Scanning whiteboards

In one of my previous jobs, I led a development team for a very large photography company in Rochester, NY. It was standard practice there for there to be a digital camera available in every conference room for meeting participants to use to photograph the whiteboards to capture diagrams, minutes, and so forth. Buying a cheap digital camera, preferably with something like an EasyShare dock to make the process of extracting photos from it trivially simple, had been on my "to do" list for setting up our new office.

Instead, our CTO bought us a pair of PLUS M-11W scanning copyboards. I had used "digital whiteboards" in the past that used magnets or such, and wasn't impressed, but these are actually quite nice. The writing surface is an endless conveyor belt that feeds through a linear array scanner; you write on it with regular whiteboard markers, and it can save the scans to a USB thumb drive, or print directly to a colour inkjet printer. They were a bit of a bear to get physically into our project room and set up, but they've really grown on us, and we routinely post whiteboards from meetings and design sessions to our team wiki.

The down side is that they're only two of the seven whiteboards in our project room (and we're likely to simply cover the walls in our permanent space with 4' x 8' bathroom tile when we move), and are useless for capturing what's on, say, the whiteboard that we use for our status tracking. On the other had, the conveyor belt design means that we essentially get two whiteboards in the same physical wall space, one of which can be rotated out of the way. That has allowed us to do things like keep an updated living design of our main system workflow on one of them, without permanently sacrificing an entire whiteboard.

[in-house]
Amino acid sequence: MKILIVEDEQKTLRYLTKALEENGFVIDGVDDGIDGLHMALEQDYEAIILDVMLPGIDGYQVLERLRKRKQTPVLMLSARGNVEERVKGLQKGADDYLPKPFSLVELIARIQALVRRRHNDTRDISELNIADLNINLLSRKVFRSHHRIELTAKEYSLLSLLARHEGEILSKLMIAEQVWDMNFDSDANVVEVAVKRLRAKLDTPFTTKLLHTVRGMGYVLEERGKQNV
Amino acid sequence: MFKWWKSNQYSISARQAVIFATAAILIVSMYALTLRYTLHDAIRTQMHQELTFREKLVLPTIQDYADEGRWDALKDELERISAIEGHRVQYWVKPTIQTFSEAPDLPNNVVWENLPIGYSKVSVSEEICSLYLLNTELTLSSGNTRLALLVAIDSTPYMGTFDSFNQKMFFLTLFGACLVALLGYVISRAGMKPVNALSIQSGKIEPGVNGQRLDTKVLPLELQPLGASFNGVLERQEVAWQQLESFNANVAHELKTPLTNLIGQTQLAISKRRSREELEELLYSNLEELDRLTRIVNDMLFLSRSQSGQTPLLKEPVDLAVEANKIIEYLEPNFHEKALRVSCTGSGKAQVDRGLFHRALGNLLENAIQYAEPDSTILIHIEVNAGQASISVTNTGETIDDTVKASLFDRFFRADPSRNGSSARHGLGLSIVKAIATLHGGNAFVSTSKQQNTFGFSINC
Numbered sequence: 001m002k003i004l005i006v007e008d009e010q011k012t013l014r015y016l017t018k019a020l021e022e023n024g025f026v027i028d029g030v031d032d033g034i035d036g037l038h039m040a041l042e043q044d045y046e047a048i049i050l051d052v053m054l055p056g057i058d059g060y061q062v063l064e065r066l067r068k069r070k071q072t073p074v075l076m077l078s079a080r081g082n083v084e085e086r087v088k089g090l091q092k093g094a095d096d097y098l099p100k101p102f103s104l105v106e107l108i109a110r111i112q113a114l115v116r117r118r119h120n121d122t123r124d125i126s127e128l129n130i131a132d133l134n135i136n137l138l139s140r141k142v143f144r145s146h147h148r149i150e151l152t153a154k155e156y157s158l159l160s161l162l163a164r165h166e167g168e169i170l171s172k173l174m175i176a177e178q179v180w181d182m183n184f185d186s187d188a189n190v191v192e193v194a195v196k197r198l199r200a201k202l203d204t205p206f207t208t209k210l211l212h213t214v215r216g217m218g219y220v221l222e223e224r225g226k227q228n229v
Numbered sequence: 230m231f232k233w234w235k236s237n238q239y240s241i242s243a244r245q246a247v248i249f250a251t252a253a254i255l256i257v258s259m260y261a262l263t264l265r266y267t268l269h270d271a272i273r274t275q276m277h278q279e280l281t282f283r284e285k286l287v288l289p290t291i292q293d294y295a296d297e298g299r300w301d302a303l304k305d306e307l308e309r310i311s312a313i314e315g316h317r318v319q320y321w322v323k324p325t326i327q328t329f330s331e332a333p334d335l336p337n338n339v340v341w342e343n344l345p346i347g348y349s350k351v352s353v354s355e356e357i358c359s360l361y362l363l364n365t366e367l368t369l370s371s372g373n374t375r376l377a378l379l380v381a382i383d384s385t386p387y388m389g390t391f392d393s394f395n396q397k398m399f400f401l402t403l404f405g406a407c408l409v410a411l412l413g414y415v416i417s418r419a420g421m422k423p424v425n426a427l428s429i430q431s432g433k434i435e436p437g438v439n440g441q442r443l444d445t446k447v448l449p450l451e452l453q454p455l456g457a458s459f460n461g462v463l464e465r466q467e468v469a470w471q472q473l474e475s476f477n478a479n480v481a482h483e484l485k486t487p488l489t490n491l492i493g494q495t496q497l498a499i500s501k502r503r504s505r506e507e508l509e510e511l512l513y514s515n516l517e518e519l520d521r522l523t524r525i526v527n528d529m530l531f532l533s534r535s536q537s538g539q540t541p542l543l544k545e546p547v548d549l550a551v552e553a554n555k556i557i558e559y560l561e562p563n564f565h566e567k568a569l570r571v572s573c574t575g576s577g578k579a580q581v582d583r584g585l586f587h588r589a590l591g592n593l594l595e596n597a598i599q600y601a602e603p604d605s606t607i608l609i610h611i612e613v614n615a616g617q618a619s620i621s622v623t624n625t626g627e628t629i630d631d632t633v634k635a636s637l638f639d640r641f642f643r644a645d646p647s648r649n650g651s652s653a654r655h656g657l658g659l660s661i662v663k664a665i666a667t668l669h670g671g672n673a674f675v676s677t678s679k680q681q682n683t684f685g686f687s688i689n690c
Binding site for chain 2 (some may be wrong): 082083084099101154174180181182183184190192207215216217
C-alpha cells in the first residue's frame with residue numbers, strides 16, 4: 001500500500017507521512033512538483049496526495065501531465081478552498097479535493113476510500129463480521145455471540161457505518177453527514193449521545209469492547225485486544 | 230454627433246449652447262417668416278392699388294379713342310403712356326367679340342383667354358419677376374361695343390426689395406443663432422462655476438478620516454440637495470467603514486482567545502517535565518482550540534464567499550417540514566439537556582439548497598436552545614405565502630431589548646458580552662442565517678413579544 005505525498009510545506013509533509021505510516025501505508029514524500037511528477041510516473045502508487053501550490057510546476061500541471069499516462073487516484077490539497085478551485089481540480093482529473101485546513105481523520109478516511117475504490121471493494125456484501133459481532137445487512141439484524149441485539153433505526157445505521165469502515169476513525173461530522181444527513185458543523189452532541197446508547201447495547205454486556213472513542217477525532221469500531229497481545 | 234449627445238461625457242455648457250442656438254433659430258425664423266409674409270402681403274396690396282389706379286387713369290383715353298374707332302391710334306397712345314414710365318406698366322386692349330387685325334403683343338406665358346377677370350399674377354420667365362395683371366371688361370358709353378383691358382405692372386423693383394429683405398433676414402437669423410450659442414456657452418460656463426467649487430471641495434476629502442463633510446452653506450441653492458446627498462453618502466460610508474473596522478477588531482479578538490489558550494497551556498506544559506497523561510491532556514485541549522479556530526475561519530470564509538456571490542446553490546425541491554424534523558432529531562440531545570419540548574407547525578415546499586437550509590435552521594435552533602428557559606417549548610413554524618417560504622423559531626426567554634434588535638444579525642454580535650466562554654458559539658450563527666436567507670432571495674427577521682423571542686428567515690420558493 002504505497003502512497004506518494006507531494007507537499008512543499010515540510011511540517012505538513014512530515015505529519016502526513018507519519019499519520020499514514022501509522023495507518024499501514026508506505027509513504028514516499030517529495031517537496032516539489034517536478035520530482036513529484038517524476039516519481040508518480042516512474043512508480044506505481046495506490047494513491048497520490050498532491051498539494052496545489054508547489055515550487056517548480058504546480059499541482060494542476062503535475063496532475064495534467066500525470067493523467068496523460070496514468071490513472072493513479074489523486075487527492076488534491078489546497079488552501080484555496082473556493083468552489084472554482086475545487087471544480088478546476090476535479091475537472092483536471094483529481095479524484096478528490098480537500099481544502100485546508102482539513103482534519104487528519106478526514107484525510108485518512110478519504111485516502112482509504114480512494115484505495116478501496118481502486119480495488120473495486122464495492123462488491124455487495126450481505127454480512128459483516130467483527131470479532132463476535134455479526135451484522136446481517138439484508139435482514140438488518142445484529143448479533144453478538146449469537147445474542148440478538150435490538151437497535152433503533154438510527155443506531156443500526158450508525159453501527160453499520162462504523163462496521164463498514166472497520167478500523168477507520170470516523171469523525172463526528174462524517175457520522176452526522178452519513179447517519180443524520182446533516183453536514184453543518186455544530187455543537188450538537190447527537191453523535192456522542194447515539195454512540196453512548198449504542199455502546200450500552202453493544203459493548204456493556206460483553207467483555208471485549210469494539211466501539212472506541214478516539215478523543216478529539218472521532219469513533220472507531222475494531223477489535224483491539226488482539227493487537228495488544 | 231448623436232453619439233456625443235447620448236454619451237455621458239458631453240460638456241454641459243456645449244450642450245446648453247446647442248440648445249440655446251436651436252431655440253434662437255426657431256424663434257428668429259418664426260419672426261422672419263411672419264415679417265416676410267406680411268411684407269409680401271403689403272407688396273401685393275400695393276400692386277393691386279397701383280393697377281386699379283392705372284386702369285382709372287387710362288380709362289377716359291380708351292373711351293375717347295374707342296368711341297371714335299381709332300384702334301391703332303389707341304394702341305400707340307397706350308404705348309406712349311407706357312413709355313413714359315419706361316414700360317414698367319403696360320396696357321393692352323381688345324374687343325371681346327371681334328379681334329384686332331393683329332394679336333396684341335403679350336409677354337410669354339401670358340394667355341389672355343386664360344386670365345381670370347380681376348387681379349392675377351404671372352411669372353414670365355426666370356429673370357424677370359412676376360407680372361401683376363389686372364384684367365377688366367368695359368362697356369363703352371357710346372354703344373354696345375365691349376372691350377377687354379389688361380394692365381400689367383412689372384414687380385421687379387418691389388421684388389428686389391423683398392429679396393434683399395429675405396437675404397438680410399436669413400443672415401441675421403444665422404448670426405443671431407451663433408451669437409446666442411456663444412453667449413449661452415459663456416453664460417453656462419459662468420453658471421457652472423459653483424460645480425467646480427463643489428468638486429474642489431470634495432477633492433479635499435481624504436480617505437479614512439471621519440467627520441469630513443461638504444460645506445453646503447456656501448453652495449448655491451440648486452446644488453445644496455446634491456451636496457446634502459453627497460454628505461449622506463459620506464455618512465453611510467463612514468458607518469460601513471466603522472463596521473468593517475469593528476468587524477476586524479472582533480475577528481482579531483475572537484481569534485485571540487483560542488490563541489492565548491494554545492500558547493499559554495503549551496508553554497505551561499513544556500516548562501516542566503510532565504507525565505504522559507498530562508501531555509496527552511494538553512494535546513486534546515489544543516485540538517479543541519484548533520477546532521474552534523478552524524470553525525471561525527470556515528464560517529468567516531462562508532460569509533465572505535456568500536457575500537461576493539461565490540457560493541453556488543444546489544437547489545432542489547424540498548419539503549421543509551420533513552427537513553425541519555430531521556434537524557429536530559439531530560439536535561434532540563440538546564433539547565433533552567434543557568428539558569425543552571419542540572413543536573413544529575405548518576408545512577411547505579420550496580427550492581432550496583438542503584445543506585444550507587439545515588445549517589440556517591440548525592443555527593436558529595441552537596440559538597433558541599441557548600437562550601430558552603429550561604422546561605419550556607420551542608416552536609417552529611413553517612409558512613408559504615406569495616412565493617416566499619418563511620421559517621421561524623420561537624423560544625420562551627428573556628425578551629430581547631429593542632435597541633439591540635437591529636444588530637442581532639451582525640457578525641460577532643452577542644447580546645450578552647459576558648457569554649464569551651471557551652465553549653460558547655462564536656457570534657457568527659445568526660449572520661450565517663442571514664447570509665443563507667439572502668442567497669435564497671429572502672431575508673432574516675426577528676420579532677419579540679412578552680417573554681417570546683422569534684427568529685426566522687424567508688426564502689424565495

Would I buy them again for a future team? Probably. They cost about as much as a developer workstation, but scanning takes such little effort, and the scans are of higher quality than a digital camera photo (and free of glare) that we use them all the time, and the ability to keep a whiteboarded design around for later modification practically sells the gadget by itself. And a good magnetic whiteboard of similar area would cost an appreciable fraction of one of our scanning whiteboards.

We're also likely to be acquiring an inexpensive digital video camera with a still frame function very soon, so this isn't really an "either-or" choice for us anyway.

Now we just need to rig them so that they post to our Wiki automagically when we hit the "save" button....

Recording daily stand-up

One of the things we've done on our project that has really helped is to record our daily stand-up meetings with a digital voice recorder and post the recordings to our team Wiki.

Our old CTO was big on written status reports, and asked everyone on my team to spend fifteen minutes every day writing status reports into their news space on our Confluence server. It inevitably takes half an hour to write a "fifteen minute" status report, which adds up to two and a half hours per week per person... or 6% of our capacity.

The next day, right before stand-up, I noticed a USB voice recorder on our product manager's desk. I decided to try making that the "talking stick" for our stand-up instead of the stuffed animal that we had been using. By passing the recorder as a talking stick, we got a good quality recording of each speaker's voice, and the fact that it was a USB digital recorder made it trivial to get the recordings off at the end of the meeting and post them to my daily reports in Confluence.